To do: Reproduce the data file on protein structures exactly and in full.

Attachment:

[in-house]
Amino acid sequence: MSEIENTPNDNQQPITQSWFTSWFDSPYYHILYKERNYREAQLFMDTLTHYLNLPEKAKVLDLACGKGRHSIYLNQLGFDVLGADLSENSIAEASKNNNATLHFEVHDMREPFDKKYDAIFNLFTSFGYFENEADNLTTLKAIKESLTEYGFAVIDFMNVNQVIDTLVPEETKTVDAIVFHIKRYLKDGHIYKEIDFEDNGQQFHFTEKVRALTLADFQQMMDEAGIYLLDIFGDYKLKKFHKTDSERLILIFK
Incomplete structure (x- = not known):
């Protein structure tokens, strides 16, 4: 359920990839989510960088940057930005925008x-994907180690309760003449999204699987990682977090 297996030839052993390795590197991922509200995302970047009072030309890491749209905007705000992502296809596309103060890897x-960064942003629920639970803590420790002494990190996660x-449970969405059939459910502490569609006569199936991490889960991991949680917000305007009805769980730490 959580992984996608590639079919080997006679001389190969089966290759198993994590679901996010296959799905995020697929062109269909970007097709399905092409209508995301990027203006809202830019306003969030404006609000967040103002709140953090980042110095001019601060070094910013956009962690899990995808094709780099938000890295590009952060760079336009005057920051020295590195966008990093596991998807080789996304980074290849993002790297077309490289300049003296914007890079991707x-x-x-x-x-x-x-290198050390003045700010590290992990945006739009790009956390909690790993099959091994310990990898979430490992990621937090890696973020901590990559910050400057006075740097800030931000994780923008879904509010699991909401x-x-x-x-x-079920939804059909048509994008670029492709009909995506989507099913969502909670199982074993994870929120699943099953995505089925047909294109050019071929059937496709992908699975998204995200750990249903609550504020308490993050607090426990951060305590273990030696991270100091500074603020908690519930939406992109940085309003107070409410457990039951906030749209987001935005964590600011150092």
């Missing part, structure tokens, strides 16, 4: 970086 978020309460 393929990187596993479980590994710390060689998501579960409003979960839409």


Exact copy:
[in-house]
Amino acid sequence: MSEIENTPNDNQQPITQSWFTSWFDSPYYHILYKERNYREAQLFMDTLTHYLNLPEKAKVLDLACGKGRHSIYLNQLGFDVLGADLSENSIAEASKNNNATLHFEVHDMREPFDKKYDAIFNLFTSFGYFENEADNLTTLKAIKESLTEYGFAVIDFMNVNQVIDTLVPEETKTVDAIVFHIKRYLKDGHIYKEIDFEDNGQQFHFTEKVRALTLADFQQMMDEAGIYLLDIFGDYKLKKFHKTDSERLILIFK
Incomplete structure (x- = not known):
């Protein structure tokens, strides 16, 4: 359920990839989510960088940057930005925008x-994907180690309760003449999204699987990682977090 297996030839052993390795590197991922509200995302970047009072030309890491749209905007705000992502296809596309103060890897x-960064942003629920639970803590420790002494990190996660x-449970969405059939459910502490569609006569199936991490889960991991949680917000305007009805769980730490 959580992984996608590639079919080997006679001389190969089966290759198993994590679901996010296959799905995020697929062109269909970007097709399905092409209508995301990027203006809202830019306003969030404006609000967040103002709140953090980042110095001019601060070094910013956009962690899990995808094709780099938000890295590009952060760079336009005057920051020295590195966008990093596991998807080789996304980074290849993002790297077309490289300049003296914007890079991707x-x-x-x-x-x-x-290198050390003045700010590290992990945006739009790009956390909690790993099959091994310990990898979430490992990621937090890696973020901590990559910050400057006075740097800030931000994780923008879904509010699991909401x-x-x-x-x-079920939804059909048509994008670029492709009909995506989507099913969502909670199982074993994870929120699943099953995505089925047909294109050019071929059937496709992908699975998204995200750990249903609550504020308490993050607090426990951060305590273990030696991270100091500074603020908690519930939406992109940085309003107070409410457990039951906030749209987001935005964590600011150092």
């Missing part, structure tokens, strides 16, 4: 970086 978020309460 393929990187596993479980590994710390060689998501579960409003979960839409």